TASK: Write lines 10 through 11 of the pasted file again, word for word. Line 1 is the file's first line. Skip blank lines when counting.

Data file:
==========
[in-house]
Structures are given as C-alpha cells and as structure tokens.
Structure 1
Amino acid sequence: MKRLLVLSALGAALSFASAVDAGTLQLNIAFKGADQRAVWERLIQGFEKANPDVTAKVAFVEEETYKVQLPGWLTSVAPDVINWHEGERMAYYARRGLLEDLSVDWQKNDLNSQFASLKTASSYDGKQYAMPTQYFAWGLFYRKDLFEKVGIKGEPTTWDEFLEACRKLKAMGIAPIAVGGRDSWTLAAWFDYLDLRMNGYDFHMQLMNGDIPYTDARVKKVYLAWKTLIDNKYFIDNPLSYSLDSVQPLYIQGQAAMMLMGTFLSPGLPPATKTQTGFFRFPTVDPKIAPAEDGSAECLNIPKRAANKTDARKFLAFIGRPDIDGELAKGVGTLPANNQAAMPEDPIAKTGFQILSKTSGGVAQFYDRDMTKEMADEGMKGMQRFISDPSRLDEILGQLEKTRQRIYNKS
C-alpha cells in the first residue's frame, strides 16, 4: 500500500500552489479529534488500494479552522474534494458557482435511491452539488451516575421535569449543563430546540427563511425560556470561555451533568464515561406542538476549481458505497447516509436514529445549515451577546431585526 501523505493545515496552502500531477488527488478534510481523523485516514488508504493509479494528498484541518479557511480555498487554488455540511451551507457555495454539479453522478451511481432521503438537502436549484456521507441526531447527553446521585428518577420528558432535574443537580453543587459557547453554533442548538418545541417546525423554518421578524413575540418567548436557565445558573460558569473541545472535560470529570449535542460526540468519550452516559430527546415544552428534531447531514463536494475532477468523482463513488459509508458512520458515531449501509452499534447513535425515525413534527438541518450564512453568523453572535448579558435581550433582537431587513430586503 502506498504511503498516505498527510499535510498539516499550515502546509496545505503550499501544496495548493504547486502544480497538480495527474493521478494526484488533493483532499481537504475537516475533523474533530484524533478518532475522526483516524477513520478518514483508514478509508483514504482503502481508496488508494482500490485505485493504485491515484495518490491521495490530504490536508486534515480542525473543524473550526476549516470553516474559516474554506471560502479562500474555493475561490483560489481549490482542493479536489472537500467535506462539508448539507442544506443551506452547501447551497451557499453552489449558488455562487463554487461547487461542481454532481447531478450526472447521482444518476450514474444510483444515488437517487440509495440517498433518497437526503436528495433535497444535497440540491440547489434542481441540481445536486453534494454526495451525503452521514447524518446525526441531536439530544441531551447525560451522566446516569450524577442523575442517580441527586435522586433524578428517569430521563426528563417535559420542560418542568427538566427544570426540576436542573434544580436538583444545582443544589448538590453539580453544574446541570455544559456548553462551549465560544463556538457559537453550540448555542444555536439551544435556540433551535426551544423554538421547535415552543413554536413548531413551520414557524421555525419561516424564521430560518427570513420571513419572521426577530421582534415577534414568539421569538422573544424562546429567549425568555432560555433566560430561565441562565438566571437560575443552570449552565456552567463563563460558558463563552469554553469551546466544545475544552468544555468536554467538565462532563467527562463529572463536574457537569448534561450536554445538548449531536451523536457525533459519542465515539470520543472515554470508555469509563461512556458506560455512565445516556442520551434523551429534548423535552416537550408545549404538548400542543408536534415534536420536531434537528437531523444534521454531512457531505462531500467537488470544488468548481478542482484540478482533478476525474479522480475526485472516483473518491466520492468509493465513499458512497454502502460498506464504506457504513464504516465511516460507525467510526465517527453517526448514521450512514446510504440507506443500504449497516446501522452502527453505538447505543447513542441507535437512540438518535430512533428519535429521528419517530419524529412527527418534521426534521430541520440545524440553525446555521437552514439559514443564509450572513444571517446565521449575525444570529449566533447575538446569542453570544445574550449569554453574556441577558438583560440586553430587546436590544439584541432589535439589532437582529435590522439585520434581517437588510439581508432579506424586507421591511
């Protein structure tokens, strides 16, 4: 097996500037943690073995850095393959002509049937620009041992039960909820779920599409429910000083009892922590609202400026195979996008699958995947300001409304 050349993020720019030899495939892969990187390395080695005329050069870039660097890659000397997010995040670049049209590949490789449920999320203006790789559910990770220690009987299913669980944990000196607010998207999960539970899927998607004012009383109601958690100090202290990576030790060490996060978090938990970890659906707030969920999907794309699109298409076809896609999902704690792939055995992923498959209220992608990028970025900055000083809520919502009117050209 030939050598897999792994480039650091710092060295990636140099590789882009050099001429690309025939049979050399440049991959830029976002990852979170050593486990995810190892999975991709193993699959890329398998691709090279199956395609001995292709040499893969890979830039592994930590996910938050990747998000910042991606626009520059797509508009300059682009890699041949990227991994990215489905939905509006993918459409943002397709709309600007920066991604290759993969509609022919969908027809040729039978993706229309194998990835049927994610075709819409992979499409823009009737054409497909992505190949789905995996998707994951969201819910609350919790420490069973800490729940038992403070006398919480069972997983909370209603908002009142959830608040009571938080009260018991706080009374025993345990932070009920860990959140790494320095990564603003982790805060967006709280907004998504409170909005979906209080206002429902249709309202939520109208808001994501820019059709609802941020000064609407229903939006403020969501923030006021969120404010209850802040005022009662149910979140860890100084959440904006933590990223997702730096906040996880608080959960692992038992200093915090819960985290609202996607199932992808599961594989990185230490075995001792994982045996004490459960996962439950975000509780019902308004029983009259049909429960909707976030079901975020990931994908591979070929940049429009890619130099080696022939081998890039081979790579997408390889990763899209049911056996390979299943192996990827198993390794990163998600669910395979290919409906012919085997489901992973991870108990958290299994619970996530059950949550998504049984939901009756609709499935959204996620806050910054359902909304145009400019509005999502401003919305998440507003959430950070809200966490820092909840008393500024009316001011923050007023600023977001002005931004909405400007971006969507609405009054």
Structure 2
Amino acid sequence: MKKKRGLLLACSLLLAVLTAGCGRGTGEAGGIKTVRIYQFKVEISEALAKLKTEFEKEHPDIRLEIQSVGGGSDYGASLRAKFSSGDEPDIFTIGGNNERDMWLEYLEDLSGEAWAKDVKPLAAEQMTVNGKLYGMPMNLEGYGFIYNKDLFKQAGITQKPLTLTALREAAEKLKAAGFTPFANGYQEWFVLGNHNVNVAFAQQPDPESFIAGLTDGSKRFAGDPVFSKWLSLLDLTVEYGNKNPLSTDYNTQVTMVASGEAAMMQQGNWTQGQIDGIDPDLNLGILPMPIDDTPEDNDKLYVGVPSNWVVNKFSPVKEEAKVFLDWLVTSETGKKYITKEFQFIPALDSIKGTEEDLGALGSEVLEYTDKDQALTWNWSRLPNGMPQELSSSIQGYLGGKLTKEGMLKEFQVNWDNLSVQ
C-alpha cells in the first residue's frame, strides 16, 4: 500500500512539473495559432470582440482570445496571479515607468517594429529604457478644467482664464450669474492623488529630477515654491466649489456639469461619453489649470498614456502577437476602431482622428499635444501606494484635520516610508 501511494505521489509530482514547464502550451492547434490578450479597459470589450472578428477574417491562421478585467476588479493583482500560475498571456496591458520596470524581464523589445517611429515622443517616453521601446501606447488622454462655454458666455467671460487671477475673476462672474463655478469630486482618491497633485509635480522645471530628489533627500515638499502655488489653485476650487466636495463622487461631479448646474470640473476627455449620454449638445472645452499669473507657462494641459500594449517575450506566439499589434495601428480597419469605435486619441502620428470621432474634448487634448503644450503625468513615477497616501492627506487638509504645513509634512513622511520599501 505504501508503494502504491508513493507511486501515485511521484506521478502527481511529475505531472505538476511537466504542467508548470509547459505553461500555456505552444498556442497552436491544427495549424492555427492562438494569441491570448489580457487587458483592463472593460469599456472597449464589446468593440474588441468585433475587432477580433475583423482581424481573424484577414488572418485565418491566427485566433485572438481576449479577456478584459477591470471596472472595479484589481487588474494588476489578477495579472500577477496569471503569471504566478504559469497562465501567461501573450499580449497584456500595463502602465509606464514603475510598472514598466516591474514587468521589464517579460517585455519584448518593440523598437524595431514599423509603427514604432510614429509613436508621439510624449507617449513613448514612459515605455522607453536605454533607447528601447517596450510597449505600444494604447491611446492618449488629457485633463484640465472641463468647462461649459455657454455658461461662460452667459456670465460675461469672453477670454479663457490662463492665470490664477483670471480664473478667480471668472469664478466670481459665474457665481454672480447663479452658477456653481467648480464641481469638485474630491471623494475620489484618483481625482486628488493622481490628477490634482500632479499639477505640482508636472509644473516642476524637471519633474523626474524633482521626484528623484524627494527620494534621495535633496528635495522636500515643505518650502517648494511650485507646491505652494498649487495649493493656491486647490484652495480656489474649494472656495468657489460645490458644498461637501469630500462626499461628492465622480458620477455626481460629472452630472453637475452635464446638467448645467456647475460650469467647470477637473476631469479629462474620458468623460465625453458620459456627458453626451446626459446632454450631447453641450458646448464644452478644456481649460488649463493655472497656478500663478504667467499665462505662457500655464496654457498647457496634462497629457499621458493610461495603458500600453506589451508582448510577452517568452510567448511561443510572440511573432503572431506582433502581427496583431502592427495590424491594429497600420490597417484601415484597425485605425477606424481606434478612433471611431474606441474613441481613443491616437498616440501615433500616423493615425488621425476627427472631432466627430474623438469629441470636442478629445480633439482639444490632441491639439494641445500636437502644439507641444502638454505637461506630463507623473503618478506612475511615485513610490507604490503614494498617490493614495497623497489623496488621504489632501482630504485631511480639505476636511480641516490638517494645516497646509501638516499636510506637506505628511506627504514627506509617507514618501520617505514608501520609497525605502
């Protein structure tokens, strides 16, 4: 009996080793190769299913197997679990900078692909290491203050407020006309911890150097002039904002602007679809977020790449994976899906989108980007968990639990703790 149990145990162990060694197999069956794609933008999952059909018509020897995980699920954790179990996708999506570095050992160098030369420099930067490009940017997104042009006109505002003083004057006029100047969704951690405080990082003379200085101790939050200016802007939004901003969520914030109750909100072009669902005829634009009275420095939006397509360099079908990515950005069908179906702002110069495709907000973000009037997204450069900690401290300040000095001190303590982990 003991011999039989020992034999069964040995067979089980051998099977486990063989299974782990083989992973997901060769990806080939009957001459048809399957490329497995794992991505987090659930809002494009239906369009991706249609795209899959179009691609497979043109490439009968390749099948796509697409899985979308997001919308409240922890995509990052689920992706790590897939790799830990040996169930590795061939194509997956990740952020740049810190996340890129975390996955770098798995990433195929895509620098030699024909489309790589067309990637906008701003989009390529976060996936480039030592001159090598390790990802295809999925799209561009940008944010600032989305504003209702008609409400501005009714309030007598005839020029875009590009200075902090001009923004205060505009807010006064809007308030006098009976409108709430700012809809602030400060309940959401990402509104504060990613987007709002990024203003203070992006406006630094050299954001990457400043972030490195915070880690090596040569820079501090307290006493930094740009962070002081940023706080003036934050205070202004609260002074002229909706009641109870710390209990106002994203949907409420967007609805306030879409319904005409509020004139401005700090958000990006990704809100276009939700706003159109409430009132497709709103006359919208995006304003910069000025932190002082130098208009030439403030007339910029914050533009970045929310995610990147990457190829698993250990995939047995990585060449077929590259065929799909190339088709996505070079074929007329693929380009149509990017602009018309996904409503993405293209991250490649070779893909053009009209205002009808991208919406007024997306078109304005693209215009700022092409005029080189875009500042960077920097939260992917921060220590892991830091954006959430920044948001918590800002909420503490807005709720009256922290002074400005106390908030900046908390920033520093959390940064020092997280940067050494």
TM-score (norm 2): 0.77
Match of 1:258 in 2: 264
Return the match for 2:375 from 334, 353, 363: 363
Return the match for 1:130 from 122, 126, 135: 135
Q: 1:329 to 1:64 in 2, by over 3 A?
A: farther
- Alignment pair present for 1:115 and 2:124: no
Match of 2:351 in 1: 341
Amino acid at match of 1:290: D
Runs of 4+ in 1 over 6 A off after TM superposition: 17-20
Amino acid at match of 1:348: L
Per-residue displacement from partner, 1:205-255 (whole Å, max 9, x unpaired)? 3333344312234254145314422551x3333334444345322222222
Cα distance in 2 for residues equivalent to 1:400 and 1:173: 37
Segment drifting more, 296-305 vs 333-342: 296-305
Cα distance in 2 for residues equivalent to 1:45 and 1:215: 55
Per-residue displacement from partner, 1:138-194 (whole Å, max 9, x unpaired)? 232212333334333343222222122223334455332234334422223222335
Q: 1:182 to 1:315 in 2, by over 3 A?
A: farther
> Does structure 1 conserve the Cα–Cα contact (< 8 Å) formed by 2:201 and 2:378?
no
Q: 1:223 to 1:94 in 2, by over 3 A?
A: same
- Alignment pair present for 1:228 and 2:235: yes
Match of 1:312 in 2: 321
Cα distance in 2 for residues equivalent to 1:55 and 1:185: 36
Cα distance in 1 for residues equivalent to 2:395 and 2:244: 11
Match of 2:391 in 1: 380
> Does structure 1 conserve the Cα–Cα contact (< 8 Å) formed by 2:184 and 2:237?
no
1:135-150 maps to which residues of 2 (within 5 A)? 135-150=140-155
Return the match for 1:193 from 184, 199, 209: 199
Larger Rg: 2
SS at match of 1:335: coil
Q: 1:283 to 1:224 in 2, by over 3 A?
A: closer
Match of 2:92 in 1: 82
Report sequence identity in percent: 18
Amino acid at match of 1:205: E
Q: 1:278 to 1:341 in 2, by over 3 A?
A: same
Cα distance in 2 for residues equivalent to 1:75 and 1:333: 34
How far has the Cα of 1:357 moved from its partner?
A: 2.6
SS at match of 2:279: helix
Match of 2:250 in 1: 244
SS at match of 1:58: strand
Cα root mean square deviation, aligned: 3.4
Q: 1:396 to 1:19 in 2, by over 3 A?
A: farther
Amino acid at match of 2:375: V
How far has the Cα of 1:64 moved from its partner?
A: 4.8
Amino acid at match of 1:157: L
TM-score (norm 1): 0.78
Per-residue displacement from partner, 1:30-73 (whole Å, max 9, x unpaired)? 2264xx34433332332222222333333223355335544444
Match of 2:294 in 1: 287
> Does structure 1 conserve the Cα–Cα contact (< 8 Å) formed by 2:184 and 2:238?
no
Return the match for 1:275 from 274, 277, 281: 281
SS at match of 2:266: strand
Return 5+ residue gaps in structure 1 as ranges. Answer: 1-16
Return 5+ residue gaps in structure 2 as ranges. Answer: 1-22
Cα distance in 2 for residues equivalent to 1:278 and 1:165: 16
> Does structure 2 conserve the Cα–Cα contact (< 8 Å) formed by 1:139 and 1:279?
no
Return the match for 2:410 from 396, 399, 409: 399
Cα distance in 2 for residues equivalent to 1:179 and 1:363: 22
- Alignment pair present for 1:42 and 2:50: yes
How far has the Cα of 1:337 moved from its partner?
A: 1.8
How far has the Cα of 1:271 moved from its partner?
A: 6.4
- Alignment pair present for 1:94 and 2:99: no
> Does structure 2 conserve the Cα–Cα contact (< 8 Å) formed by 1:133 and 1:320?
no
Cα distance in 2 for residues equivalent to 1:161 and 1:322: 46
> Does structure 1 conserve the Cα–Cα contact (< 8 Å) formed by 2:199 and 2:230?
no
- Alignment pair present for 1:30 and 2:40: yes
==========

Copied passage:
């Protein structure tokens, strides 16, 4: 009996080793190769299913197997679990900078692909290491203050407020006309911890150097002039904002602007679809977020790449994976899906989108980007968990639990703790 149990145990162990060694197999069956794609933008999952059909018509020897995980699920954790179990996708999506570095050992160098030369420099930067490009940017997104042009006109505002003083004057006029100047969704951690405080990082003379200085101790939050200016802007939004901003969520914030109750909100072009669902005829634009009275420095939006397509360099079908990515950005069908179906702002110069495709907000973000009037997204450069900690401290300040000095001190303590982990 003991011999039989020992034999069964040995067979089980051998099977486990063989299974782990083989992973997901060769990806080939009957001459048809399957490329497995794992991505987090659930809002494009239906369009991706249609795209899959179009691609497979043109490439009968390749099948796509697409899985979308997001919308409240922890995509990052689920992706790590897939790799830990040996169930590795061939194509997956990740952020740049810190996340890129975390996955770098798995990433195929895509620098030699024909489309790589067309990637906008701003989009390529976060996936480039030592001159090598390790990802295809999925799209561009940008944010600032989305504003209702008609409400501005009714309030007598005839020029875009590009200075902090001009923004205060505009807010006064809007308030006098009976409108709430700012809809602030400060309940959401990402509104504060990613987007709002990024203003203070992006406006630094050299954001990457400043972030490195915070880690090596040569820079501090307290006493930094740009962070002081940023706080003036934050205070202004609260002074002229909706009641109870710390209990106002994203949907409420967007609805306030879409319904005409509020004139401005700090958000990006990704809100276009939700706003159109409430009132497709709103006359919208995006304003910069000025932190002082130098208009030439403030007339910029914050533009970045929310995610990147990457190829698993250990995939047995990585060449077929590259065929799909190339088709996505070079074929007329693929380009149509990017602009018309996904409503993405293209991250490649070779893909053009009209205002009808991208919406007024997306078109304005693209215009700022092409005029080189875009500042960077920097939260992917921060220590892991830091954006959430920044948001918590800002909420503490807005709720009256922290002074400005106390908030900046908390920033520093959390940064020092997280940067050494």
TM-score (norm 2): 0.77